Employing the masters’ ideas not to explain them – which is a way to embalm them unchanged and unchangeable – but to make something (else) of them. (Ellsworth 2005)
I recently wrote a paper about teachers engaging in online discussion about professionalism. The paper, savaged by one journal, was substantially rewritten and sent to another. I might have sent the re-written version to the original journal but their review was so unkind that I had to check and recheck the decision to reconcile the invitation to revise and resubmit with the harshness of the comments. I appreciate that the better the version sent for review, the better the feedback. The original was sent too early. It was a draft full of errors. With a little more time and care these were ironed out.
One reason why a paper might be rejected by a journal is because it is not ready to be sent for review. It contains errors that trip up and antagonise the reader.
But then, when I complete something I feel a surge of overwhelming enthusiasm and accomplishment. In my excitement, I want to send it out, to get someone to read and comment. Sending it to a journal for review is a celebration. The unpleasant feedback made me think again about my approach. I sent the re-written paper to a different journal for review because, on reflection, what they publish seemed more sympathetic to what and how I write. The feedback was the same: revise (substantially) and resubmit. The editor used the word ‘salvageable’ in his response. Salvageable, diplomatic indication of just how much work the much improved draft needed. But the comments were kind and constructive. It was not just that the feedback provided by the second journal included one critical reader who found my approach to locating rather than defining professionalism ‘refreshing’. Nor was it that the slightly less effusive critical reader thought my use of spatial theory to discuss professionalism was ‘fine’. The comments made sense. I didn’t, while reading, flinch and check the apparent inconsistency between the tone of the comments and the overall decision. I could see and feel how the suggested revisions made the paper more focussed, more sharply argued and more credible.
In the review provided by the first journal, I found it hard to make sense of several points of feedback. I didn’t agree with them. One comment particularly bothered me.
I referred to a paper written in 1989 by Elizabeth Ellsworth. ‘Why doesn’t this feel empowering?’ changed my understanding of critical pedagogy. In this pivotal essay Ellsworth conceptualises a series of ‘repressive myths’. She challenges the critical pedagogues assumption that power (as a reified thing) exists in a definable place, a specific somewhere, a certain “power loci” from which it is projected, and that “we” must fight against or suffer the looming consequences. Her analysis disturbs and destabilises the idea of ’empowerment’, and with it – much of my sense of myself as an adult literacy teacher. Her argument was like drinking a glass of ice-cold water, or having one thrown in my face. I was compelled to re-write my Freirean inspired professional biography. But her significance is more than personal. Ellsworth continues to write, and her sensational pedagogies continue to inspire. Her thinking contributes towards a changed direction in critical pedagogy, as noted by others (Savage 2010). The specific essay I referred to has, according to Google Scholar, been cited a few thousand times. It has been republished on more than one occasion in different anthologies. It is an important essay.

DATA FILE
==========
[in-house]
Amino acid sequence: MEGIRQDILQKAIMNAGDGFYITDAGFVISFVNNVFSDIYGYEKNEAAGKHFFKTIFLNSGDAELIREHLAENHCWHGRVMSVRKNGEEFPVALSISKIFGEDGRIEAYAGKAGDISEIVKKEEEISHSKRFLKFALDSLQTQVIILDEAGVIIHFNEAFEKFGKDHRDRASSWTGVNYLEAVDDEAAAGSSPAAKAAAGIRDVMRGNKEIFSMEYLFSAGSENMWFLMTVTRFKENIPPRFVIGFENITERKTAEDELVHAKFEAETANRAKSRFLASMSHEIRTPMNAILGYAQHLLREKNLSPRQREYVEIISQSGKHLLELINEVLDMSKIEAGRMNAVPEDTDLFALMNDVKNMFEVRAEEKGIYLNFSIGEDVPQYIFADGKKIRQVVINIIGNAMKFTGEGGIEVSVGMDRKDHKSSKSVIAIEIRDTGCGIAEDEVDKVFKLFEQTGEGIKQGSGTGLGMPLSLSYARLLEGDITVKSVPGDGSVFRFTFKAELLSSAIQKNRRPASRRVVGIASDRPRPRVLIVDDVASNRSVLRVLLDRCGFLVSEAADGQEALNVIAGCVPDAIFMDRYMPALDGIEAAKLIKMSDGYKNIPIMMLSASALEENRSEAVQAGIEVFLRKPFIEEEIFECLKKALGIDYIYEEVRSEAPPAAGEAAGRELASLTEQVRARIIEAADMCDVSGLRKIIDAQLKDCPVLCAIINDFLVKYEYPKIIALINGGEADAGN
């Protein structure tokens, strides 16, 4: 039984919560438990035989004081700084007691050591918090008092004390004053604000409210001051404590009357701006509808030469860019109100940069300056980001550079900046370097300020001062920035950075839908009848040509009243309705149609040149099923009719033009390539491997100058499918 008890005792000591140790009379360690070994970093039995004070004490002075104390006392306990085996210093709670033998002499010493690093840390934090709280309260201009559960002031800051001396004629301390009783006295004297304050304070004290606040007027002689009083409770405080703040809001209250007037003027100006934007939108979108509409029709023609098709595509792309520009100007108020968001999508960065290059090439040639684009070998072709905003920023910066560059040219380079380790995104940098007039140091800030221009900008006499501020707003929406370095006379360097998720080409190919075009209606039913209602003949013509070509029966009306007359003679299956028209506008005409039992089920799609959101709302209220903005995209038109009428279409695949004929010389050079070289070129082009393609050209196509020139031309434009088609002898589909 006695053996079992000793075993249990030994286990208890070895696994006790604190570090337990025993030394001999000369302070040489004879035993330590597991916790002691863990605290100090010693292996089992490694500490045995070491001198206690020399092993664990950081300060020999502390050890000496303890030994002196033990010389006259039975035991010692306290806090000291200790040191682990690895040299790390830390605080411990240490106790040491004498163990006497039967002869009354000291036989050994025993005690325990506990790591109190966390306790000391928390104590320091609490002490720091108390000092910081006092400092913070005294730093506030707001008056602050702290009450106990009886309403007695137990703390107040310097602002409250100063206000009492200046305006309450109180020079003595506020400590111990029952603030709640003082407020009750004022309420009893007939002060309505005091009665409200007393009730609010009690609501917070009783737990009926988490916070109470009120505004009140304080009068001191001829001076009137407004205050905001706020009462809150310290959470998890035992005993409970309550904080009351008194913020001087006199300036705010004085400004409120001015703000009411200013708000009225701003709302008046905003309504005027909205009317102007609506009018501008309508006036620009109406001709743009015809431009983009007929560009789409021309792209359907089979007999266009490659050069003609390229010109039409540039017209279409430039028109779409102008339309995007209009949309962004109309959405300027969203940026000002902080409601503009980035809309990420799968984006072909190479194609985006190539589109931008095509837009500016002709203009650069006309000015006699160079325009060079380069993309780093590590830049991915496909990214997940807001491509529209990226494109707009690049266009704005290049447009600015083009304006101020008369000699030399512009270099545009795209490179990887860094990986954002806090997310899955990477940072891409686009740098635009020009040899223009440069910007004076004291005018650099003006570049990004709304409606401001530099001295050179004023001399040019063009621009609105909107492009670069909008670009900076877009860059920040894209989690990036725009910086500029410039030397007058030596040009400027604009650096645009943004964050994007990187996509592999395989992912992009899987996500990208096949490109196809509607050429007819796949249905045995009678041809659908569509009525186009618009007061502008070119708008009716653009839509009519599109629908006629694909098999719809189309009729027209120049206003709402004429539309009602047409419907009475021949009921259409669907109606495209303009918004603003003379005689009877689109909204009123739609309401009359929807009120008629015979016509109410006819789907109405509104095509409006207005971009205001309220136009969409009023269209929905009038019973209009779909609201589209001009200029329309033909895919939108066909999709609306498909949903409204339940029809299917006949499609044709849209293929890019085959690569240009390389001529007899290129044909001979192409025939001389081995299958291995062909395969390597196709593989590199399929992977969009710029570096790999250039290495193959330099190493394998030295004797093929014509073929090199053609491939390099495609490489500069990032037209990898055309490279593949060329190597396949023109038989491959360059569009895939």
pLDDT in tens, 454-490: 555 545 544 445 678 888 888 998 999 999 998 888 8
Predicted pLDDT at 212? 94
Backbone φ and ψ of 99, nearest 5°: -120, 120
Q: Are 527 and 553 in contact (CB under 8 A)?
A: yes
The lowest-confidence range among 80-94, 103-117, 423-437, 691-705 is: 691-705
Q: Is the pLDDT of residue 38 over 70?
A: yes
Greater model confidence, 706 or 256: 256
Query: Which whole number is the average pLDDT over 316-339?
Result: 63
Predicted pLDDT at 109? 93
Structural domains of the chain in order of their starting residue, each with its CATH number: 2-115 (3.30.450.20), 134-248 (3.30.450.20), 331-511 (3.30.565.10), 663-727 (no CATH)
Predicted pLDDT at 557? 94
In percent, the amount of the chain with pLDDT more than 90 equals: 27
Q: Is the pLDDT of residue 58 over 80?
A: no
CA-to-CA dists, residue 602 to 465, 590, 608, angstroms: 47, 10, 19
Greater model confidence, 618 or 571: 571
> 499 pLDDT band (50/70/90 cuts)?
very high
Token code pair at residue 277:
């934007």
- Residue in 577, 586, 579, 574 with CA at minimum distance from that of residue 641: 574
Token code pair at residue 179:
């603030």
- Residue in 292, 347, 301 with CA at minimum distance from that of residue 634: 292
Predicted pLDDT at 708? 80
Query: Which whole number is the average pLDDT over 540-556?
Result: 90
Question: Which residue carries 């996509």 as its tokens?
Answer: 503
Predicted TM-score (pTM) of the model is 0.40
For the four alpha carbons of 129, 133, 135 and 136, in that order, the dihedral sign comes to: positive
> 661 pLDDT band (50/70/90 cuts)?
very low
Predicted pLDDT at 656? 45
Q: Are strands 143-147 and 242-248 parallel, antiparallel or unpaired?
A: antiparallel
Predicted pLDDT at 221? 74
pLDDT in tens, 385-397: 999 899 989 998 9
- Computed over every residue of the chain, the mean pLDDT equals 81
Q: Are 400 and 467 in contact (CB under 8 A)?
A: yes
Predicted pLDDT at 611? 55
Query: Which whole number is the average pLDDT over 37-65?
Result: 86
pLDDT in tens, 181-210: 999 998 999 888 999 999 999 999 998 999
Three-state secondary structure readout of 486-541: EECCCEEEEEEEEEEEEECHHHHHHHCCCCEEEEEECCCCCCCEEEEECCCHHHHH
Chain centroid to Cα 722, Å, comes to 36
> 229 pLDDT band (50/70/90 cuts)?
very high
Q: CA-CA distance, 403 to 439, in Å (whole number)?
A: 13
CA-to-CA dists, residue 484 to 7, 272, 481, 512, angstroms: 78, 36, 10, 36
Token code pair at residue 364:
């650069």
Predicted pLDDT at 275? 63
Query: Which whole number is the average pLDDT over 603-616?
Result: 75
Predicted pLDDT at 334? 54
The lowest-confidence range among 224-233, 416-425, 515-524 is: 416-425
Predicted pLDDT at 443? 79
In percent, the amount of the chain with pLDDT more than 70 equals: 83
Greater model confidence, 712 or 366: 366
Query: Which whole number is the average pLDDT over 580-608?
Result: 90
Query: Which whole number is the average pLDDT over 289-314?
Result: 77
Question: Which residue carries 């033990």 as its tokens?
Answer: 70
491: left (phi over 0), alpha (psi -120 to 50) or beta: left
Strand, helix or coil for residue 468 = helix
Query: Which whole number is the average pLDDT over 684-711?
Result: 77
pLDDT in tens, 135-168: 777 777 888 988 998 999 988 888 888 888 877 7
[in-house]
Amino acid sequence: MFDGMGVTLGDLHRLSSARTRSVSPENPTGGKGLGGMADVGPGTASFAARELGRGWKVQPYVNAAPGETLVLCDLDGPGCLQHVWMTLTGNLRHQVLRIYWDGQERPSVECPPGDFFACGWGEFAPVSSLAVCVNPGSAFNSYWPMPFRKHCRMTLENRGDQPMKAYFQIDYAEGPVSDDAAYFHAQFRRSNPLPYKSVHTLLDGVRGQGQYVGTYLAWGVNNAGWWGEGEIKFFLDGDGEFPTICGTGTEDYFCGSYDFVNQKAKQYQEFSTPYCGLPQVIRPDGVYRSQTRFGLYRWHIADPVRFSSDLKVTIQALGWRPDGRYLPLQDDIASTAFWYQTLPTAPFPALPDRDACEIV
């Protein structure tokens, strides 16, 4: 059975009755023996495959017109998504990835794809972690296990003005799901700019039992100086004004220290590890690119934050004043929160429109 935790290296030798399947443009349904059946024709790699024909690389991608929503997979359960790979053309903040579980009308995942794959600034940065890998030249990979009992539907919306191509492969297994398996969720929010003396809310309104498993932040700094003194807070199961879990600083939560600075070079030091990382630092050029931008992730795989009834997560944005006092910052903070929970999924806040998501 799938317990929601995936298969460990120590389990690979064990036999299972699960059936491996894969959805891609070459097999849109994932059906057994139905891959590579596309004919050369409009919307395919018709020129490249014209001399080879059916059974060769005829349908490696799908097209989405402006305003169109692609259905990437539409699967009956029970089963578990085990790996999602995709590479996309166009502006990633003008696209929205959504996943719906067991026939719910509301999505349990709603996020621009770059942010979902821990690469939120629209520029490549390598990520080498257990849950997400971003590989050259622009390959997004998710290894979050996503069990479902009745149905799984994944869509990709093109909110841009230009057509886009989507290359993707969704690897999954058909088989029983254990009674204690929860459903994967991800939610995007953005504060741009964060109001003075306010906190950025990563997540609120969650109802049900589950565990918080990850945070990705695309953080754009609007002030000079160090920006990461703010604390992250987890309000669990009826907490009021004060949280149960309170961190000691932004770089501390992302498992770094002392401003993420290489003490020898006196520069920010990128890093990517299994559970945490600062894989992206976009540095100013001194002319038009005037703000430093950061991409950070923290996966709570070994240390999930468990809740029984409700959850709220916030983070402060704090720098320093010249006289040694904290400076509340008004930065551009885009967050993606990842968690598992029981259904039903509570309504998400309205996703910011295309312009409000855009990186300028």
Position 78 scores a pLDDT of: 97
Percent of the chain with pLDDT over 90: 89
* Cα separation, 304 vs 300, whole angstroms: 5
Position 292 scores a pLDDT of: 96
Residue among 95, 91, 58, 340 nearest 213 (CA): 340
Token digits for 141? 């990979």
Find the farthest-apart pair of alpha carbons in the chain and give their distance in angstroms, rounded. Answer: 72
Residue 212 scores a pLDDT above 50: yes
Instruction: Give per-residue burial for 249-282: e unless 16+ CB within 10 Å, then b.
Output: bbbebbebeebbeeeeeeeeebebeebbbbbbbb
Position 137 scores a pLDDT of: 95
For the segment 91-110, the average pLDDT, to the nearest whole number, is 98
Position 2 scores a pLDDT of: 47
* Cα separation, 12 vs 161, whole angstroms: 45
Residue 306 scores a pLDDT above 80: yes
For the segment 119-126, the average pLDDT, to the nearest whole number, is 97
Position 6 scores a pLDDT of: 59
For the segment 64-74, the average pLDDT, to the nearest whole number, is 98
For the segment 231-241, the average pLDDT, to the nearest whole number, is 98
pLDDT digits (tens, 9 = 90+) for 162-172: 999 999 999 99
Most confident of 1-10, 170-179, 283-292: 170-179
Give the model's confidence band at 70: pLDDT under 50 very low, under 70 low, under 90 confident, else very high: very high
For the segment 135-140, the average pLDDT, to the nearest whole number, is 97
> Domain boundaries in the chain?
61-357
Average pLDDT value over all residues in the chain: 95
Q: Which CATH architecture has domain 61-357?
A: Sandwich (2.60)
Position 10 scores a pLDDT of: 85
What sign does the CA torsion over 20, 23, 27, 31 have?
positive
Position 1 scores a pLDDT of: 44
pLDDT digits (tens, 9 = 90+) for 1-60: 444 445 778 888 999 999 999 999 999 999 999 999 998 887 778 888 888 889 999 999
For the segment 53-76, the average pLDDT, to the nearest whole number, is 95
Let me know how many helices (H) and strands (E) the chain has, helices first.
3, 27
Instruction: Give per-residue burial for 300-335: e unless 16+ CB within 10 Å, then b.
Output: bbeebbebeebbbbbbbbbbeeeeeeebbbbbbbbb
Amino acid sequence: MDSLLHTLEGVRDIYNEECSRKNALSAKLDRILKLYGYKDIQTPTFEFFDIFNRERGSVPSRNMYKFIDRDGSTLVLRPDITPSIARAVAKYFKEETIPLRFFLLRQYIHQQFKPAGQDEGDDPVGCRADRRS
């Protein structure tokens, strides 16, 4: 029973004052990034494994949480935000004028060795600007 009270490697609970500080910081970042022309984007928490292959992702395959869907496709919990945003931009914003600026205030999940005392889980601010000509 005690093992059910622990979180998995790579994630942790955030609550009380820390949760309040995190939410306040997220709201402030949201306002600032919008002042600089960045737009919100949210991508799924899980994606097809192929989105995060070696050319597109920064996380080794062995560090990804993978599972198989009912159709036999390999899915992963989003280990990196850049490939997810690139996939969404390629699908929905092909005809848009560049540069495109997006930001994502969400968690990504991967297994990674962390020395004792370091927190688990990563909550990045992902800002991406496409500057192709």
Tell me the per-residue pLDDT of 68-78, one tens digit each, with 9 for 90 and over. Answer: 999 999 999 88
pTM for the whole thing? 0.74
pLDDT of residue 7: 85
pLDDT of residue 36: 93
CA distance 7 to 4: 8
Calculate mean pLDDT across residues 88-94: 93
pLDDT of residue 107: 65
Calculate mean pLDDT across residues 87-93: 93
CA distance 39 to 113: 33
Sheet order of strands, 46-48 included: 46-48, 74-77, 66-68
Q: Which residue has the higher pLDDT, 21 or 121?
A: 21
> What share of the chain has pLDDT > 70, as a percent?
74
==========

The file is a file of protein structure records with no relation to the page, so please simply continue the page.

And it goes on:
How then do I respond to a reviewer who asks why I have referenced her work – implying her insight as unworthy of citation? How in my revision do I justify her inclusion? And why should I need to? It may be that I have included her because she supports my argument; it may also be that my argument has been developed in part because of my reading – and weighing up the significance of – her work.
Another point of critique also caught my imagination. The comment was valid but I had no immediate answer. I argue that in online spaces teachers may reveal aspects of how they construct their professional selves indirectly while talking about something else. I argue that there is ‘real work’ underlying these seemingly trivial social interactions. But what do I mean by ‘real work’? It took some time to clarify. Arendt (1958) has framed it nicely for me. She distinguishes three modalities of active life: labour, work and action. Work has to do with: the ways in which human beings actively transform their environment and through this create a world that is characterised by durability. This is the work that these teachers do when discussing aspects of professionalism in online spaces. They dramatise the contradictions between professional aspiration and policy embodiment. This is more than understanding. They use virtual spaces to create an embodied sensation of making-sense. These are lived-in, experiential spaces for their learning selves (Ellsworth 2005:1). This self does not determine, but emerges from their ongoing attempts to reconcile contradictory demands and possibilities.
Arendt, H. (1998). The Human Condition. Chicago: U of Chicago Press.
Biesta, Gert (2014 Making Pedagogy Public: for the public, of the public, or in the interest of publicness? Ch 2 in Burdick, J, Sandin, J. and O’Malley, M. Problematising Public Pedagogy
Ellsworth, E. (1989). Why doesn’t this feel empowering? Working through the repressive myths of critical pedagogy. Harvard Educational Review, 59(3), 297–324.
Ellsworth, E. (2005). Places of learning: Media, architecture, pedagogy. Oxon: Routledge.
Savage, G. C. (2010). Problematizing “public pedagogy” in educational research. Ch 11 in Sandlin, J,. Schults, B and Burdick, J. Handbook of public pedagogy, 103-115.